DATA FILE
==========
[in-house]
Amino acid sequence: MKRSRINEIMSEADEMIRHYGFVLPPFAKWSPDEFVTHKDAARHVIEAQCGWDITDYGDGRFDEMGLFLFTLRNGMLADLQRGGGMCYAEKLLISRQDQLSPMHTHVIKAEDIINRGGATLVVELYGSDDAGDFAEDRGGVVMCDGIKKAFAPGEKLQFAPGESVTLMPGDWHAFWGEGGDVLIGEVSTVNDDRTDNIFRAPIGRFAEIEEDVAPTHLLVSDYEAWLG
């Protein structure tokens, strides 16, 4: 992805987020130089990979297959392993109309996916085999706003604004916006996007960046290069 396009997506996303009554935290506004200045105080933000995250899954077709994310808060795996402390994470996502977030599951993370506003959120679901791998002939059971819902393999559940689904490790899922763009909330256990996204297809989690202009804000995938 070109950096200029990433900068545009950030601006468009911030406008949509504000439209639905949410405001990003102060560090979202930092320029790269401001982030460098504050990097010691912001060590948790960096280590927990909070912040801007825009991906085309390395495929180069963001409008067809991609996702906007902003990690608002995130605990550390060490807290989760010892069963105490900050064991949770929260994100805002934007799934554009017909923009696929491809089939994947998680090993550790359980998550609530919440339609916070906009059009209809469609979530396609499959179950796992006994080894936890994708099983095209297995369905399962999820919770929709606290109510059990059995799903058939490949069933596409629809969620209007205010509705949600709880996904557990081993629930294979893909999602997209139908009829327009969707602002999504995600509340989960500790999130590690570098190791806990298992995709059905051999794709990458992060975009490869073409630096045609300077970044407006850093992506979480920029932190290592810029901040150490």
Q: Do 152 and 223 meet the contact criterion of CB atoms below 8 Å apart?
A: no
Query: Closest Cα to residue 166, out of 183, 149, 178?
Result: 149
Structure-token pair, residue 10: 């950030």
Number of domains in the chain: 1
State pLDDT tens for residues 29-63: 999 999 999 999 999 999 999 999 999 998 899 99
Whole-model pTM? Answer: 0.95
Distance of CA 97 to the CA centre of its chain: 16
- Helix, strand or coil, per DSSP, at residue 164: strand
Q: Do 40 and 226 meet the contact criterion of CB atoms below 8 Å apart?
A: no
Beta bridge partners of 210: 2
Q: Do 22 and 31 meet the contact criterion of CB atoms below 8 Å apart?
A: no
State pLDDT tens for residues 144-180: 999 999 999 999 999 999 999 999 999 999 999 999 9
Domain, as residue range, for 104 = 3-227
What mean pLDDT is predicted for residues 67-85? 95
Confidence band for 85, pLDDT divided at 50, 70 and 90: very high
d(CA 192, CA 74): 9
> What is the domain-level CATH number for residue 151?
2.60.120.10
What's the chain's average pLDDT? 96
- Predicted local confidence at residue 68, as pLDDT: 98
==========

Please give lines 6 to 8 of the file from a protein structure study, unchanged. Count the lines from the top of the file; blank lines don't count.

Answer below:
Query: Closest Cα to residue 166, out of 183, 149, 178?
Result: 149
Structure-token pair, residue 10: 């950030």